Michael Bastian

Timeless Resonance — Michael Bastian clothes the contemporary man in American classics

Examining the world of fashion around him on his way up the industry ladder from Lyons, New York to a menswear directorship at Bergdorf Goodman, Michael Bastian grew distraught with the scarcity of relevant American designers amidst scores of European and Asian innovators. So he decided to launch his own eponymous collection in the fall of 2006. Shortly thereafter, he began designing for Bill Blass, ultimately attaining creative director status, which galvanized the evolution of Bastian’s own collection—one with traditional American distinction, continually growing to resonate a deeply personal voice. After six seasons, while contenders in the field may be loath to concede and though still fostering a young company, some have Bastian pegged as the definitive designer of American menswear, with his F/W 09 collection On the Road propelling him even closer to the peak.

What is your greatest strength as a designer?
My biggest strength is that I always put myself into the collection first. I make it personal and always think to myself, “Would I wear this?” It sounds so fundamental, but I think a lot of designers send out stuff they wouldn’t even wear themselves.

Your weakness?
My biggest weakness (at the moment) is that I’m so focused on the seasonal design, I really give very little time to planning out our business long term. With the tiny team I have right now, that whole strategizing part is something I haven’t given the attention it deserves. We’re really living day-to-day right now, but I guess that’s how it goes when you’re so new.

How important are non-American markets to your business?
Here’s the crazy part right now: I look at myself as a quintessentially American designer—it’s where I live, it’s what I know, and I never try to take my guy on a trip anywhere else. But in the last season or two, we’ve seen our business actually become bigger in Japan than in America. It just shows me that this classic American look is just as appreciated in other countries as it is here at home.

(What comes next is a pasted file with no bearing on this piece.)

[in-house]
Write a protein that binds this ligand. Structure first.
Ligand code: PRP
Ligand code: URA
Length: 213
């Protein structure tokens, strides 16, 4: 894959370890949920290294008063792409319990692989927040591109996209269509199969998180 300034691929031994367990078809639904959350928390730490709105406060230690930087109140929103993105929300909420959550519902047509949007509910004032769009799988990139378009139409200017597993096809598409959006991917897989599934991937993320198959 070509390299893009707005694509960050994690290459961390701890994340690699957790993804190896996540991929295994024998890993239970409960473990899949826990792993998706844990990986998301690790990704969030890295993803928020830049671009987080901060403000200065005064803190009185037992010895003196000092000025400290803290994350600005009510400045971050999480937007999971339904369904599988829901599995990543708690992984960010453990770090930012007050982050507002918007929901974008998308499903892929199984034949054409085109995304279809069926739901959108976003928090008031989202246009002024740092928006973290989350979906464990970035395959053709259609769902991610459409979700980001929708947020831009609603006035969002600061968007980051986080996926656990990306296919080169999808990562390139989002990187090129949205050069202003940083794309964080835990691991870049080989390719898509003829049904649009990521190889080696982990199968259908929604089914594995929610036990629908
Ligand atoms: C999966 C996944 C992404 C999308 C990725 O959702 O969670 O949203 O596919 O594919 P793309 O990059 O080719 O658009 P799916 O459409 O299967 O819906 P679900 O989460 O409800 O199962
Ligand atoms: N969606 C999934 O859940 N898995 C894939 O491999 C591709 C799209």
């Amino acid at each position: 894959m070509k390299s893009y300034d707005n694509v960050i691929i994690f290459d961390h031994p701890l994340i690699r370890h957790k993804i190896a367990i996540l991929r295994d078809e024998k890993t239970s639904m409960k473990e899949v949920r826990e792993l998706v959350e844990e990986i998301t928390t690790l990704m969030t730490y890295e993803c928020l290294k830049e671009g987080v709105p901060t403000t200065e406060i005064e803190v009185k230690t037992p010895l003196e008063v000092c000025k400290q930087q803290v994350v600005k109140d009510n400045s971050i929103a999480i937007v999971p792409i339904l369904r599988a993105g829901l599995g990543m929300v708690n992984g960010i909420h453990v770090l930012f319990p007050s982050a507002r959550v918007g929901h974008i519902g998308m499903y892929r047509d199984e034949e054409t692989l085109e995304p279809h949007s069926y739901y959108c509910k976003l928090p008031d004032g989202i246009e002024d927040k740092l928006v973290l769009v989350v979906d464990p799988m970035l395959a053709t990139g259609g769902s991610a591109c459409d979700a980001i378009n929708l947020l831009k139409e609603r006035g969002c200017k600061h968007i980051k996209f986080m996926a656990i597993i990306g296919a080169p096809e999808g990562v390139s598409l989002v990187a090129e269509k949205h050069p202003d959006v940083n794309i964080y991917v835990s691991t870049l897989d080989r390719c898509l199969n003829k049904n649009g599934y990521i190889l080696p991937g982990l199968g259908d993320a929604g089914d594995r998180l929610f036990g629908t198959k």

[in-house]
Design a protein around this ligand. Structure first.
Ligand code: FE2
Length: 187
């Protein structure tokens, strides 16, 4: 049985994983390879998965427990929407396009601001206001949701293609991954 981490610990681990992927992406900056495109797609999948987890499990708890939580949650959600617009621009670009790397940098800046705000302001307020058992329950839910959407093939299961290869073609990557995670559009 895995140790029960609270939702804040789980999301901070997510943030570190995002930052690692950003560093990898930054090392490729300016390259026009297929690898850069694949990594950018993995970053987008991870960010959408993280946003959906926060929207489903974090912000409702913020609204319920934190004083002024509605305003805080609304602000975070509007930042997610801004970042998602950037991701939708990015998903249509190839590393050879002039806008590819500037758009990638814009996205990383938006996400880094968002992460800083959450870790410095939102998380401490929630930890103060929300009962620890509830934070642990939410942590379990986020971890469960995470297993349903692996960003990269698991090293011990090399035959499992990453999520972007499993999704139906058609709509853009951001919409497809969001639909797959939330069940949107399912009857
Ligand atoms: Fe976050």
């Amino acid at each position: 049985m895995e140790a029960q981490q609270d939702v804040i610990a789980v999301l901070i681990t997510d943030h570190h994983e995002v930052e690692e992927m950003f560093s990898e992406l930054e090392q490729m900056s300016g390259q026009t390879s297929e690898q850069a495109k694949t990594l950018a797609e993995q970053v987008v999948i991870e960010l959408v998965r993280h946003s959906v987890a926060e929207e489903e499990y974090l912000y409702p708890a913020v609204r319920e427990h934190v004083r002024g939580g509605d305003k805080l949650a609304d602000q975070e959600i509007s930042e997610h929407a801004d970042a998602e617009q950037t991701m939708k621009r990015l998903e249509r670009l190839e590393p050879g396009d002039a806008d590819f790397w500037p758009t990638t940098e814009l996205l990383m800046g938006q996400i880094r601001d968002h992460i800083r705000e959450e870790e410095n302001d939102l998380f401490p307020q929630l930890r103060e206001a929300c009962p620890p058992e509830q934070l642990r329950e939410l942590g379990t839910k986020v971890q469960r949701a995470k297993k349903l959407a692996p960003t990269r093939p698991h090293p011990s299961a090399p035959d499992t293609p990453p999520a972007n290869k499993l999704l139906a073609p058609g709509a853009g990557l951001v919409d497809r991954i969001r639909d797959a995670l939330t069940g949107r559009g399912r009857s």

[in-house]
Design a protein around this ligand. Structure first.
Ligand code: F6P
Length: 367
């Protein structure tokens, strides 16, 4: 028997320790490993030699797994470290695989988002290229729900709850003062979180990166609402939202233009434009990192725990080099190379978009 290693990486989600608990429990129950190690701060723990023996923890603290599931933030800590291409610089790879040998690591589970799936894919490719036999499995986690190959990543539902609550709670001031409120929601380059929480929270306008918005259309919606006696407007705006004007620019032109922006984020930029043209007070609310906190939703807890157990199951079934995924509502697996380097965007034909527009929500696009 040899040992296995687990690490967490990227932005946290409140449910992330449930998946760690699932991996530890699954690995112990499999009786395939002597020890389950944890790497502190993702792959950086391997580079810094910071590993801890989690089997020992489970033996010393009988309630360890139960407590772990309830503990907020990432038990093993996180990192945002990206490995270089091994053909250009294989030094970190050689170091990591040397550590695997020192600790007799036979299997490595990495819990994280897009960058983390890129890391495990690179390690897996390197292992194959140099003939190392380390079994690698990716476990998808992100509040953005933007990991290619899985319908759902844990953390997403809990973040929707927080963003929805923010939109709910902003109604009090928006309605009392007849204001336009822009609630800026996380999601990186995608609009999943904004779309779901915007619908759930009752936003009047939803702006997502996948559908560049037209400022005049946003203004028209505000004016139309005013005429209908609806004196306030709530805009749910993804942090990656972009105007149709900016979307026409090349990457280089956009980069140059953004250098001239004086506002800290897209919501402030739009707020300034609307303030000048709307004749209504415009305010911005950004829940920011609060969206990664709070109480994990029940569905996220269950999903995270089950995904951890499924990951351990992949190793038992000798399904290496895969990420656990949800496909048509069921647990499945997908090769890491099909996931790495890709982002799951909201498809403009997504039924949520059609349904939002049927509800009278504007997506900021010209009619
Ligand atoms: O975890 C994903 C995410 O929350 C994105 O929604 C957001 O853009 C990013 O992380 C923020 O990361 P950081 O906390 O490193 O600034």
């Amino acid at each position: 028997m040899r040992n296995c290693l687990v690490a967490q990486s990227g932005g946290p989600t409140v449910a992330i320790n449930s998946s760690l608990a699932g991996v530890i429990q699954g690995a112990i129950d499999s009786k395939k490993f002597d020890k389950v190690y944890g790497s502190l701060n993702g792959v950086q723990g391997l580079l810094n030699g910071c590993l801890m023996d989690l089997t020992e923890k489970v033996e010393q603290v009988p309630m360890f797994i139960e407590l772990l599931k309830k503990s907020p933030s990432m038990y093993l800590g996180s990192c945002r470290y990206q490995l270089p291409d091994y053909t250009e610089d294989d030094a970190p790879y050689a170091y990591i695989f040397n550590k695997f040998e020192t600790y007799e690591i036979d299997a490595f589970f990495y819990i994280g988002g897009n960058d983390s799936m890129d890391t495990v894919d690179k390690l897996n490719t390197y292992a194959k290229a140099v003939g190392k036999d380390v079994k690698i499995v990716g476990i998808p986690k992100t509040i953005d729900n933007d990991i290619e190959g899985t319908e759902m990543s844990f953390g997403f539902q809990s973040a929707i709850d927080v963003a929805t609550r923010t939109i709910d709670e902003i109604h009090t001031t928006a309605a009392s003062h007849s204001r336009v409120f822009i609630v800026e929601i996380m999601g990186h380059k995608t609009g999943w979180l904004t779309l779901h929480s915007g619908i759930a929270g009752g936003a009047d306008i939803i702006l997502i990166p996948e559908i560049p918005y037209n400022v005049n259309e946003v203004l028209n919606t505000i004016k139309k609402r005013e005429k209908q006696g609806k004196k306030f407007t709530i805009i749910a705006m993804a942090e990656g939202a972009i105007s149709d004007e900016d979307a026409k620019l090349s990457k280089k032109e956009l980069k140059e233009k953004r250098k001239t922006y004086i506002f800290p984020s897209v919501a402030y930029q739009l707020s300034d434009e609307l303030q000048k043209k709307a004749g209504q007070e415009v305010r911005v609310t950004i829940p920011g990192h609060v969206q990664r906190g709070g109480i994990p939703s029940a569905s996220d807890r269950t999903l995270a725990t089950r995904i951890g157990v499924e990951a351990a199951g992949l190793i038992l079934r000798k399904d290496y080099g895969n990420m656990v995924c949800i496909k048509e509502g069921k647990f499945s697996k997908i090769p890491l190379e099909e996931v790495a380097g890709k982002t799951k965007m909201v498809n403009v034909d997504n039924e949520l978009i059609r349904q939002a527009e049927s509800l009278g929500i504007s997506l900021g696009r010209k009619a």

Which American fashion designers (current or historical) do you most admire?
The American designer I’ve always admired the most is Perry Ellis. People forget how influential and amazing he was when he was alive. He was one of the Big Three that emerged in the ’80s, along with Ralph Lauren and Calvin Klein, and always embodied to me how American guys really want to look—not too retro, not too minimal or futuristic, just pulled together, healthy and happy in their own skin.

Do you design for a specific man, for yourself?
The guy I design for started out to be more or less like me (you’ve got to start somewhere)—a guy in his 30s or 40s who is basically preppy, doesn’t have to wear a suit to work, lives in a city, etc. But I’ve since expanded to older, younger, all types. The thing that has always remained consistent, I feel, is that what I do will always appeal more to guys who are a little more introspective. All of the secrets are on the inside, so to speak.